Review the programme from the previous autumn term (Sept – Dec 2017). What worked well? What could have been done better? Learn from these experiences for the forthcoming term, and then make sure you review all activity and record feedback from this term to aid preparation for autumn 2019. It’ll be here again before you know it.
Don’t reinvent the wheel. What can you learn from other churches? What best practice can you draw upon. There’s no such thing as plagiarism in God’s church.
Consider how your programme will aid effective welcome and integration. You should plan in the expectation that there’ll be lots of visitors, as people who’ve moved into the area for schools etc. will be checking out churches. Put yourself in their shoes. How would you like to be welcomed to church? What sort of programme of events and services will best help them feel welcome and connected?
Good communication will be key. What information about the autumn can you publish to the church membership before the summer break. A calendar for the term? Save the date requests? Your autumn teaching themes and focus? Is your church website calendar fully up-to-date with all your autumn information? Then, once autumn rolls around, what information is a newcomer wanting from your church? How can you put them at ease as they explore whether your church is right for them? Consider the use of welcome packs and FAQS for newcomers.
Be strategic. Doing too much (and therefore not doing it well) may be the same as doing nothing. Communicating too much is often the same as communicating nothing. For each suggested event, course or service, ask yourself the following:
- Is this manageable?
- What level of support or resource will it take to not only do this satisfactorily, but to do this really well? Is this achievable? Consider:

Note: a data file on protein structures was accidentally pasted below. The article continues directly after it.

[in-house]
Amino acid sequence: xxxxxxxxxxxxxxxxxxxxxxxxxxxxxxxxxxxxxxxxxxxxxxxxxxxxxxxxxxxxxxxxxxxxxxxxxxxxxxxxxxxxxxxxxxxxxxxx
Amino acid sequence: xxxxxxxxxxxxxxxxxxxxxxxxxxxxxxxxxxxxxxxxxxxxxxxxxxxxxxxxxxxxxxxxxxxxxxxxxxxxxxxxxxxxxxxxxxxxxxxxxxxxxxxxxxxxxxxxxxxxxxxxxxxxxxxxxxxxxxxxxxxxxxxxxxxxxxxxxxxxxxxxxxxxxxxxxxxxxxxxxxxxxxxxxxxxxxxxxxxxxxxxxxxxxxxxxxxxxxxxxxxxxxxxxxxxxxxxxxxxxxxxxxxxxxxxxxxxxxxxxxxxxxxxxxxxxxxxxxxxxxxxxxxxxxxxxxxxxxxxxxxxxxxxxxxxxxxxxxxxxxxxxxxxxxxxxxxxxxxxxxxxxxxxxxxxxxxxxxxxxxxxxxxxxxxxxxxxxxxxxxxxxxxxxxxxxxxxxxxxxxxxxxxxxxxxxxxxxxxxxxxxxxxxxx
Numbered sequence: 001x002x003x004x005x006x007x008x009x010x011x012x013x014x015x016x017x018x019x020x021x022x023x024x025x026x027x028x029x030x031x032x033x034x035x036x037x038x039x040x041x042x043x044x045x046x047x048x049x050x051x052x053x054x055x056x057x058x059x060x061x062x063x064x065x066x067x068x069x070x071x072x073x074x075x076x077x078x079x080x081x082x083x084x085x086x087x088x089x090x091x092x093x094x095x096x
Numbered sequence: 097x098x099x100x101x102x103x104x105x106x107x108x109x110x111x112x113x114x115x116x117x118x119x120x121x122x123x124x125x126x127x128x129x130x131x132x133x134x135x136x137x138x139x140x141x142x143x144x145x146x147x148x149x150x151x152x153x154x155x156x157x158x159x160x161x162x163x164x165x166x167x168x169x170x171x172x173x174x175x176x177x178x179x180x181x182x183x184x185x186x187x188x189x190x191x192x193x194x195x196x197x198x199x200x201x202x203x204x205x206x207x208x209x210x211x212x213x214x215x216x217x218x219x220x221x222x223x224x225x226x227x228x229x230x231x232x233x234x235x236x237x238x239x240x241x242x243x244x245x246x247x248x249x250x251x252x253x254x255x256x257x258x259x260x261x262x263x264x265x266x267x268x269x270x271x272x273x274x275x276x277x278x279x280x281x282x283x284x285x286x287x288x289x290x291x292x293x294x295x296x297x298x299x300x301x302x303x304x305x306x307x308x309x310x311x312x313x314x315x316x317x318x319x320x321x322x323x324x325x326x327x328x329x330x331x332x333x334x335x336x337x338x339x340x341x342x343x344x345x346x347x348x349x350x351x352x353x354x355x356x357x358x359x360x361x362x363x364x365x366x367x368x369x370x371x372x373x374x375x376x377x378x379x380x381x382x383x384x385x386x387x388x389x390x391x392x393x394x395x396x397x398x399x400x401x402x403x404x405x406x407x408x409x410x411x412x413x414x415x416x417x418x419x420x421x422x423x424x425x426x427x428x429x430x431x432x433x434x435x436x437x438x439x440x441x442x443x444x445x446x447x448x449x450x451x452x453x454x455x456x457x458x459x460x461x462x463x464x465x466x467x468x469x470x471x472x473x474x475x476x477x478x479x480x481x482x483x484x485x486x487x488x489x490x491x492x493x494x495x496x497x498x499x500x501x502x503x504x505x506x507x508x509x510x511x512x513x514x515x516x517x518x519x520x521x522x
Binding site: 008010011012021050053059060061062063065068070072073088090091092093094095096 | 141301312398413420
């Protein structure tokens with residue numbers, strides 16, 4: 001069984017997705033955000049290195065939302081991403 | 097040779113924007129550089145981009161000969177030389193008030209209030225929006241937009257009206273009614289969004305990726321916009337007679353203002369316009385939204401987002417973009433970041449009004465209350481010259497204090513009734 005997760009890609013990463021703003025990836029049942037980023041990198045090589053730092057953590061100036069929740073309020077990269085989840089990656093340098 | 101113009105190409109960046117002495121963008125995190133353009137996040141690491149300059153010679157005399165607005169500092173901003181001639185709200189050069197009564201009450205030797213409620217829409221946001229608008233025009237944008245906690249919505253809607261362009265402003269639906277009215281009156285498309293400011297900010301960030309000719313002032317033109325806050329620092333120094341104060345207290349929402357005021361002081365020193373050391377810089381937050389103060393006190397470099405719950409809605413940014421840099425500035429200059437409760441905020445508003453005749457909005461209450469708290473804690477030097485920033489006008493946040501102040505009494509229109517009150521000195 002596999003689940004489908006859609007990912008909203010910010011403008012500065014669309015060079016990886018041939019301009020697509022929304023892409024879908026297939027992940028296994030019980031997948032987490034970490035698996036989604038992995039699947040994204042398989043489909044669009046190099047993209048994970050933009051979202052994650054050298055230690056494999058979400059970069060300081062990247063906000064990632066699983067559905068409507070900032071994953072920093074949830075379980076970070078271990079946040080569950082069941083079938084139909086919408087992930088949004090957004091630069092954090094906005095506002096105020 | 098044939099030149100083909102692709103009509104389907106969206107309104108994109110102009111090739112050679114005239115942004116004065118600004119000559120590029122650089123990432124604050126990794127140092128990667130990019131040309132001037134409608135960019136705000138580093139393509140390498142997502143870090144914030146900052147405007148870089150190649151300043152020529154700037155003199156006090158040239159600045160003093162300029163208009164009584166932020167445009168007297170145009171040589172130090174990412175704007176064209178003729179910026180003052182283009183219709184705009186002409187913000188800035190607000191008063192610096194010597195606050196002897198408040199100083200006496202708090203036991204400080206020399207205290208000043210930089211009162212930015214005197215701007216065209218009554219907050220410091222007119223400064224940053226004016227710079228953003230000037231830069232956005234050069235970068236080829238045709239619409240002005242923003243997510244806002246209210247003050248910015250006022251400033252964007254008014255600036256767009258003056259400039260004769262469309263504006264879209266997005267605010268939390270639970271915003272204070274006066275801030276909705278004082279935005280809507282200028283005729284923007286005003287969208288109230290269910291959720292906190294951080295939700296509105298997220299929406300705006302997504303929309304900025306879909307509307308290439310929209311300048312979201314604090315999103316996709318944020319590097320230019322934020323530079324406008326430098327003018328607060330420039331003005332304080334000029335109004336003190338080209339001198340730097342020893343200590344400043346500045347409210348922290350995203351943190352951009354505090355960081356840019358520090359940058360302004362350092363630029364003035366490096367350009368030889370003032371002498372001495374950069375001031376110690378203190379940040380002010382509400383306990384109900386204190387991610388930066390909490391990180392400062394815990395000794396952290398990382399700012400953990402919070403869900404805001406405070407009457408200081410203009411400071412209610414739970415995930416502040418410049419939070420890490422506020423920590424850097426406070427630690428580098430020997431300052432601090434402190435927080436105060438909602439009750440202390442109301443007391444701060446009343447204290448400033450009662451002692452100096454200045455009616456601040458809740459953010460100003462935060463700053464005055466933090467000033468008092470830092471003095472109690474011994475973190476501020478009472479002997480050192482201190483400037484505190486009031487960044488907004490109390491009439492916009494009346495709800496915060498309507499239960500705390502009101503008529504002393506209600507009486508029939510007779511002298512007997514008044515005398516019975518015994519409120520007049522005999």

- Human resource. How many people will this take and who? Who has responsibility? How busy are they already and when are their planned rest times?
- Financial resource. What will it cost and is this agreed?
- Physical resource. Do we have the space, rooms etc.?
- Time resource. How busy is the calendar. Are events spaced out enough or are we expecting too much attendance from people / team? Does our calendar of individual events support and build on each other, or do they hinder each other’s success?
- What should we stop as well as start?
Talk with your leadership and set some clear priorities for the term, the year ahead and make sure these translate in detail to individual team members and areas of ministry. People thrive when they know what they’re working towards.
Remember the autumn term is a marathon and not a sprint. Inevitably it will end with Christmas and this is a prime opportunity to communicate the life transforming love of Christ with our communities. Therefore, we owe it to them to be at our best for Christmas, not dragging our tired bodies across the finish line. Please try and keep this in mind as you agree an appropriate amount of activity for the autumn.
Consider your flow of events and keep thinking about the next steps. If you’re greeting a newcomer, what’s next for them after the initial welcome? – Alpha, small group, social, welcome course etc.? When you’re hosting guests for Christmas and someone shows interest, what’s next?
Make plans and agree the responsibility and person requirements for implementation in advance. This will increase ownership and give your team the opportunity to voice concerns or raise questions of capacity. Once the plan is agreed, you can then collectively ‘give it your all’ to see it become a reality.
Pray, have fun and encourage your team (volunteers and employed) to pull together and be gracious with each other. The autumn term will require a lot of hard work and effort, but it will be much easier when accomplished from an attitude of togetherness.
Above all, remember that it’s God who builds His church… and He’s got a great administration team on board.